Rob Waring was born (1956) in Yonkers, New York and lived in Manhattan from 1974 until he moved to Oslo in 1981. He studied percussion at the Juilliard School (1974-79) where he received his Bachelor and Master of Music Degrees. As a freelance musician in New York, he worked in symphony orchestras, jazz groups, ensembles for new music, and an experimental ensemble for homemade instruments. He was also a much sought after accompanist for modern dance.
Since moving to Norway in 1981, Rob Waring has been active as a percussionist, vibraphonist, composer, and teacher. He has performed and recorded with numerous ensembles and musicians representing a great diversity of musical styles (such as classical, contemporary, modern and mainstream jazz, folk, electronic). Rob Waring is an Associate Professor at the Norwegian Academy of Music where he teaches percussion and improvisation.
Rob Waring began composing while he was in high school and this interest grew during the years he studied at Juilliard, where he took composition as an elective course with Stanley Wolfe. He has participated in seminars with John Cage, Iannis Xenakis, Magnus Lindberg, Tristan Murail, Gerard Grisey, Cort Lippe, Lasse Thoresen and others. In 1992 he received a grant from the Norwegian government to study digital synthesis and computer- assisted composition in York, England with Trevor Wishart, Richard Orton, and Michael Clarke.
Rob Waring has composed for soloists, chamber and jazz ensembles, choir, percussion ensemble, various combinations of acoustic and electronic instruments and tape, as well as purely electronic works. He has written music for modern dance, film, theater, and radio and had commissions from numerous ensembles, instrumentalists, festivals and other institutions.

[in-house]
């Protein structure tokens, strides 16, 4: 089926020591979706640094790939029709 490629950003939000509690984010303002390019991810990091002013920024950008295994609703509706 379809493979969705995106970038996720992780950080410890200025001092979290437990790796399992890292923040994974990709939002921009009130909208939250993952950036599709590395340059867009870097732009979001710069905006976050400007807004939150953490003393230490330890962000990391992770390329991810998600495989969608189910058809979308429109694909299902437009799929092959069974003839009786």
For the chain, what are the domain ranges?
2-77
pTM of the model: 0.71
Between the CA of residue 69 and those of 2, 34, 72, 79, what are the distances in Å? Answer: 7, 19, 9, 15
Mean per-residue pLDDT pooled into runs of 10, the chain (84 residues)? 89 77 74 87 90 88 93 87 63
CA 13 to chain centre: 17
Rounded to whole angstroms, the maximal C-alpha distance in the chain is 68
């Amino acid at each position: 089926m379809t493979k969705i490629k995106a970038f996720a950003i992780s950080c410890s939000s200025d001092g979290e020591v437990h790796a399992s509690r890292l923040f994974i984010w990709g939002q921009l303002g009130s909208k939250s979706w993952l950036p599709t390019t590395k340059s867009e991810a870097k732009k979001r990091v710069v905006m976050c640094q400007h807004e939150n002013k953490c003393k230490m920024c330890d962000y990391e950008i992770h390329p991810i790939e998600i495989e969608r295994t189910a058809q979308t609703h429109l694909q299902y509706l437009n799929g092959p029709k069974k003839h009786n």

The diversity of Rob Waring’s production is demonstrated by the following examples: In Myriad (1992), a microtonally tuned synthesizer is utilized to extend the spectral possibilities of a large wind ensemble. Vectors (1987), written for the jazz ensemble Sřyr is an example of the use of improvisation within strict formal boundaries to achieve complex textures. In Journey (1993), two percussionists trigger synthesizers, sampled sounds, and sequences from MIDI controllers. Kvar skal eg vel av? (1987) for a capella choir is a set of variations on a Norwegian folk melody. The sound installation Sonomatrix, which Waring built in 1996, is a computer-controlled matrix of 64 loudspeakers with which he has explored relationships between sound and space. The Sonomatrix is used as an equal member of a trio with saxophone and vibraphone in Saxono-vibramatriphonics (2001).
The following works are examples of the importance Balinese music has had as a source of inspiration for Rob Waring: Sikoté Sukán (1997) for percussion trio, Sax Cycles (2003) for 2 saxophones and electronics, Jalan Pantai Sari (2005) duet for quartertone marimba, Braided Streams (2006) for viola, contrabass, and marimba, Quartet for Solo Timpani and Percussion (2008), and Frekoté Vokán (2009) for 2 guitars. In 2002 Rob Waring spent 4 months in Bali studying with Balinese teachers.
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